4 years ago

Macroscale multimodal imaging reveals ancient painting production technology and the vogue in Greco-Roman Egypt

John K. Delaney, Kathryn A. Dooley, Ioanna Kakoulli, Roxanne Radpour
Macroscale multimodal chemical imaging combining hyperspectral diffuse reflectance (400–2500 nm), luminescence (400–1000 nm), and X-ray fluorescence (XRF, 2 to 25 keV) data, is uniquely equipped for noninvasive characterization of heterogeneous complex systems such as paintings. Here we present the first application of multimodal chemical imaging to analyze the production technology of an 1,800-year-old painting and one of the oldest surviving encaustic (“burned in”) paintings in the world. Co-registration of the data cubes from these three hyperspectral imaging modalities enabled the comparison of reflectance, luminescence, and XRF spectra at each pixel in the image for the entire painting. By comparing the molecular and elemental spectral signatures at each pixel, this fusion of the data allowed for a more thorough identification and mapping of the painting’s constituent organic and inorganic materials, revealing key information on the selection of raw materials, production sequence and the fashion aesthetics and chemical arts practiced in Egypt in the second century AD.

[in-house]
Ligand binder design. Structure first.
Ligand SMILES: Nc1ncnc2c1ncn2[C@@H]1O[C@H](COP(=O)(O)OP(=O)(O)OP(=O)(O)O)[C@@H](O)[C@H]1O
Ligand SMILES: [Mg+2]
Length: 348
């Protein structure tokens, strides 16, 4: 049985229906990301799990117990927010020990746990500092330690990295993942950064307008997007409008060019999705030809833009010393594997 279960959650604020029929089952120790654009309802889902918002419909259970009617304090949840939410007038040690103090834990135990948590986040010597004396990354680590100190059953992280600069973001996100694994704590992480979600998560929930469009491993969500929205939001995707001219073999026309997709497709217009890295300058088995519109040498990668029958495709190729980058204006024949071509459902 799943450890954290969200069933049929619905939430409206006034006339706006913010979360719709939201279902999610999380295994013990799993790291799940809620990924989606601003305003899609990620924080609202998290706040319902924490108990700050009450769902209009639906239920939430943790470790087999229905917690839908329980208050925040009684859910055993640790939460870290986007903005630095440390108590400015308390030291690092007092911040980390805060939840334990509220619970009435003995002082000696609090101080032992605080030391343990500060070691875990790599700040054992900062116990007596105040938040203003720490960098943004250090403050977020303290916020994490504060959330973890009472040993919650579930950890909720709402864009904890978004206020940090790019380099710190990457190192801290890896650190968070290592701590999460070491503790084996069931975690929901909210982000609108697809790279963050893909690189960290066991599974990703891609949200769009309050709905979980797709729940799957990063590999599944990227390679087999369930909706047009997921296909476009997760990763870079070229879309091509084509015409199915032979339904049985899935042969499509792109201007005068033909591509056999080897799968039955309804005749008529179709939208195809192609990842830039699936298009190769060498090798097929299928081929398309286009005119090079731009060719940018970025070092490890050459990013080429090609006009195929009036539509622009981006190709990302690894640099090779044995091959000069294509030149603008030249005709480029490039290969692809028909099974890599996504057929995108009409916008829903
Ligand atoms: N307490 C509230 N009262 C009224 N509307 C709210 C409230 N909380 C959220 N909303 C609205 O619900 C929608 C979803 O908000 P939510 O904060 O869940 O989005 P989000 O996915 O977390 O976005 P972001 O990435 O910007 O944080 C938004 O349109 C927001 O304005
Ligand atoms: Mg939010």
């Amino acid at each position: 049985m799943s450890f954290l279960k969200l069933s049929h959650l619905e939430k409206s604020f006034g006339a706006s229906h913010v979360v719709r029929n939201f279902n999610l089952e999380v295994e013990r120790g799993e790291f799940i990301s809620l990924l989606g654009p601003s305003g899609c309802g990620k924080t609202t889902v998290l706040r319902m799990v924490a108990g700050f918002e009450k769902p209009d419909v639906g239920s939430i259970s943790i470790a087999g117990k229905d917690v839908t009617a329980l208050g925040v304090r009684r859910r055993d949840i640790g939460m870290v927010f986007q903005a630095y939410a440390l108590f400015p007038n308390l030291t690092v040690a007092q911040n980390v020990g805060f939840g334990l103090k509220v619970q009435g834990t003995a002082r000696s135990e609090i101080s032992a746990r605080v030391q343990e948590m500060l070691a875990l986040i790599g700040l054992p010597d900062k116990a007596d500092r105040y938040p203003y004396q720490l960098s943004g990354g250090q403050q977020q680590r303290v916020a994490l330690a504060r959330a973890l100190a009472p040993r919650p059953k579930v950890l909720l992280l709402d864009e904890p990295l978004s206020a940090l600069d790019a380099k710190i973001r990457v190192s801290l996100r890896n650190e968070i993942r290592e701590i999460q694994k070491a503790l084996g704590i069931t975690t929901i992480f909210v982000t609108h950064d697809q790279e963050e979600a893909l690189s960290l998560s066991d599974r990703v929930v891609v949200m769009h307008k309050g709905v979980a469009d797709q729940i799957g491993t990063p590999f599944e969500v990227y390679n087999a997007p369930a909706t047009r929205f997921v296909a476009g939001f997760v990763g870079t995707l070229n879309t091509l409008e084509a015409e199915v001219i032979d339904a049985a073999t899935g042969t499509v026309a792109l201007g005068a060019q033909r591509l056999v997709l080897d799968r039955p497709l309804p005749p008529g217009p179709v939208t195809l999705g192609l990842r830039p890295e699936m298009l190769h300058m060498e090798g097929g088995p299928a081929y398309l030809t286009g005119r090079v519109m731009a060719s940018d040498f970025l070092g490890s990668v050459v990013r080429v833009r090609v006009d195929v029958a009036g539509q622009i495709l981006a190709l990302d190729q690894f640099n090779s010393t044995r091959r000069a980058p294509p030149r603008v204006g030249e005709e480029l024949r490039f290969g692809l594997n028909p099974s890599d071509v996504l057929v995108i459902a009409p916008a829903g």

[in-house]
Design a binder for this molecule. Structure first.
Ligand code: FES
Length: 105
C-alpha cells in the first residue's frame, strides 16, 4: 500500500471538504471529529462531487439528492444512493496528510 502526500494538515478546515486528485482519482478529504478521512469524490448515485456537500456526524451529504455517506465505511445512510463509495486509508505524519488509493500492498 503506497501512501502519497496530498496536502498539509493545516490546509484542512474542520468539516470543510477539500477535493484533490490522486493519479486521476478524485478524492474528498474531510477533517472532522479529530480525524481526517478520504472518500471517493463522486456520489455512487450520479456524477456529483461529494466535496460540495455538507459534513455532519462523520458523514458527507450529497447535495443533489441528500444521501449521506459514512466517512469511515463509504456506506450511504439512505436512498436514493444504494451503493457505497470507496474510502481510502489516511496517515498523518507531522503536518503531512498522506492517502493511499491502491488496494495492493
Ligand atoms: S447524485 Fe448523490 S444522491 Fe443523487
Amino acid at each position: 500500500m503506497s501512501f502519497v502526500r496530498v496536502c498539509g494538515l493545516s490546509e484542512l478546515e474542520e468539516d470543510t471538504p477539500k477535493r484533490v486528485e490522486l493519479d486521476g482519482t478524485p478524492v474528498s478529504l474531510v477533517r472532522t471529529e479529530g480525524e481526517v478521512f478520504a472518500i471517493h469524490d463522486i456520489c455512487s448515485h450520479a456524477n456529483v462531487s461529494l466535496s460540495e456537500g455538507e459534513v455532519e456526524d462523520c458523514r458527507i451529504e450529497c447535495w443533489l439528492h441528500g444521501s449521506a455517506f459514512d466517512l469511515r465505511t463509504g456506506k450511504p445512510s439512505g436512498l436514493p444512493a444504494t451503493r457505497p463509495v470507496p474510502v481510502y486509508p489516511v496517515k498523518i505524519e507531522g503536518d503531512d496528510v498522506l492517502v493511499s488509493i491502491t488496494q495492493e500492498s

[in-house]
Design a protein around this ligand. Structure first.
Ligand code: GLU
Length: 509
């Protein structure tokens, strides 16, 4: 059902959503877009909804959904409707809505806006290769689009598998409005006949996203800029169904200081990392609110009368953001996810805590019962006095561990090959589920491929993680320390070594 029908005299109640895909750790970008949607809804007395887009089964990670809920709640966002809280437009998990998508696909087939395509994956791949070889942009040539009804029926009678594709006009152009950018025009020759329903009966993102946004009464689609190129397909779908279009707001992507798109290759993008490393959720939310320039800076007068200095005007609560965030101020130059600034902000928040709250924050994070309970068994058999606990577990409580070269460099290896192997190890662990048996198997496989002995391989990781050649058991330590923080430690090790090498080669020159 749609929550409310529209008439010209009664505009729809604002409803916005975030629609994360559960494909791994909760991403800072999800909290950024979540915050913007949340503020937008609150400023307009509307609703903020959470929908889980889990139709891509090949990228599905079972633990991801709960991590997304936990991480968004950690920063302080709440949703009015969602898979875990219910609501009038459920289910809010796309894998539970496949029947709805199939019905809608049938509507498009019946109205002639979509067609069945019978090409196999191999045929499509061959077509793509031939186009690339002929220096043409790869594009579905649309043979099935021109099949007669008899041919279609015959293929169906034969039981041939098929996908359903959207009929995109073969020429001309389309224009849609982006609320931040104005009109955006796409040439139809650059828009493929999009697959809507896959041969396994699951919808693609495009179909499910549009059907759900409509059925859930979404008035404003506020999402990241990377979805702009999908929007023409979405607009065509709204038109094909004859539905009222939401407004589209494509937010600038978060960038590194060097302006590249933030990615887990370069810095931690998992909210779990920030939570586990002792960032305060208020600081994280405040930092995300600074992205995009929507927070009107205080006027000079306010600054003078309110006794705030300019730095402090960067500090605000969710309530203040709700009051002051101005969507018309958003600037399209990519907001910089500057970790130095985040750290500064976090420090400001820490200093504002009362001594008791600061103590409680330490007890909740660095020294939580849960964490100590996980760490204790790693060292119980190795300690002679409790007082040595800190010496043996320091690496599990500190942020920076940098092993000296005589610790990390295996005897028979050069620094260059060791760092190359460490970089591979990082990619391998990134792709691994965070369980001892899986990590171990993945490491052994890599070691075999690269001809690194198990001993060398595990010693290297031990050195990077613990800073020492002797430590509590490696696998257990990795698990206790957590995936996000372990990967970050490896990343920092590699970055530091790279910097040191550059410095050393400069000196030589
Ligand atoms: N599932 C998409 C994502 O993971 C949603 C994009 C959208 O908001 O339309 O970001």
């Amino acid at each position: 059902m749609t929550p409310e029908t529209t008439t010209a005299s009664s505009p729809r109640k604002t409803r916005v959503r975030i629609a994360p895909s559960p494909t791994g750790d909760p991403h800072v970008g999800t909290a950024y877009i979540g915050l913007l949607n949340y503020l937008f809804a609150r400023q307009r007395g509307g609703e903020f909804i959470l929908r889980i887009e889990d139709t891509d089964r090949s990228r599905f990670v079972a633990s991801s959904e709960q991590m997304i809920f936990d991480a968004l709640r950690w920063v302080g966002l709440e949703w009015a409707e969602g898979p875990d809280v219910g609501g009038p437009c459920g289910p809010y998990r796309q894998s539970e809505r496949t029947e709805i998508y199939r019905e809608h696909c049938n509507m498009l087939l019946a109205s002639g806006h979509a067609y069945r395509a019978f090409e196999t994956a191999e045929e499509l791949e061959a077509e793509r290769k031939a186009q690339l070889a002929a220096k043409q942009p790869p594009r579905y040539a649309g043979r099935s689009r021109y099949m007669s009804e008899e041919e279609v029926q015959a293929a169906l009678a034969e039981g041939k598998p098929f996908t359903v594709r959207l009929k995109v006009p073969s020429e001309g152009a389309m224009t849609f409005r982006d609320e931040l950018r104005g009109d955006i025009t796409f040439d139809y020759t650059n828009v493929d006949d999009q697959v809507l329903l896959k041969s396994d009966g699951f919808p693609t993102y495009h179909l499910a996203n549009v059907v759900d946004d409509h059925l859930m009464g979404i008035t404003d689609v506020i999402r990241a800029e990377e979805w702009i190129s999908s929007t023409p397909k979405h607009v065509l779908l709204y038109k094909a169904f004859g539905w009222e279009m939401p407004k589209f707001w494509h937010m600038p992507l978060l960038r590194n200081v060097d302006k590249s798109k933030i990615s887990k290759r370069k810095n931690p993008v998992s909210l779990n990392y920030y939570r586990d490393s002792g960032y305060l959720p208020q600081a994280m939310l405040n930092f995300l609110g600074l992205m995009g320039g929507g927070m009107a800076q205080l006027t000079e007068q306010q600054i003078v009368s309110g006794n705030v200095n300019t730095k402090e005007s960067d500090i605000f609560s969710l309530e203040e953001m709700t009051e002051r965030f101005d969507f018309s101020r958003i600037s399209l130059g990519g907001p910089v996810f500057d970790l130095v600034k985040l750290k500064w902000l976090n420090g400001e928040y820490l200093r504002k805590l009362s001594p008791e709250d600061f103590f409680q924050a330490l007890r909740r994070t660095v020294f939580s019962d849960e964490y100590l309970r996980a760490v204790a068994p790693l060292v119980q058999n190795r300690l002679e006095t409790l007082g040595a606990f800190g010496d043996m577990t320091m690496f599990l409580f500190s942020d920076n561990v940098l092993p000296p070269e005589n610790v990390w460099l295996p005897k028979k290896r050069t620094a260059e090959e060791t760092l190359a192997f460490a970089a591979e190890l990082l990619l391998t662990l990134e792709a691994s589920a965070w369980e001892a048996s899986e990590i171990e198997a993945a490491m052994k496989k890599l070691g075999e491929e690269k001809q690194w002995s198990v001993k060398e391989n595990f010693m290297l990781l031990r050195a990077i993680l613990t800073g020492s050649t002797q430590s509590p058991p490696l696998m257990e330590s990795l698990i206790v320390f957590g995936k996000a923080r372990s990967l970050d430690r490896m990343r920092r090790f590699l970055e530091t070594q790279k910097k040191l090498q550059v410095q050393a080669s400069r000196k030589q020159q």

Publisher URL: https://www.nature.com/articles/s41598-017-15743-5

DOI: 10.1038/s41598-017-15743-5

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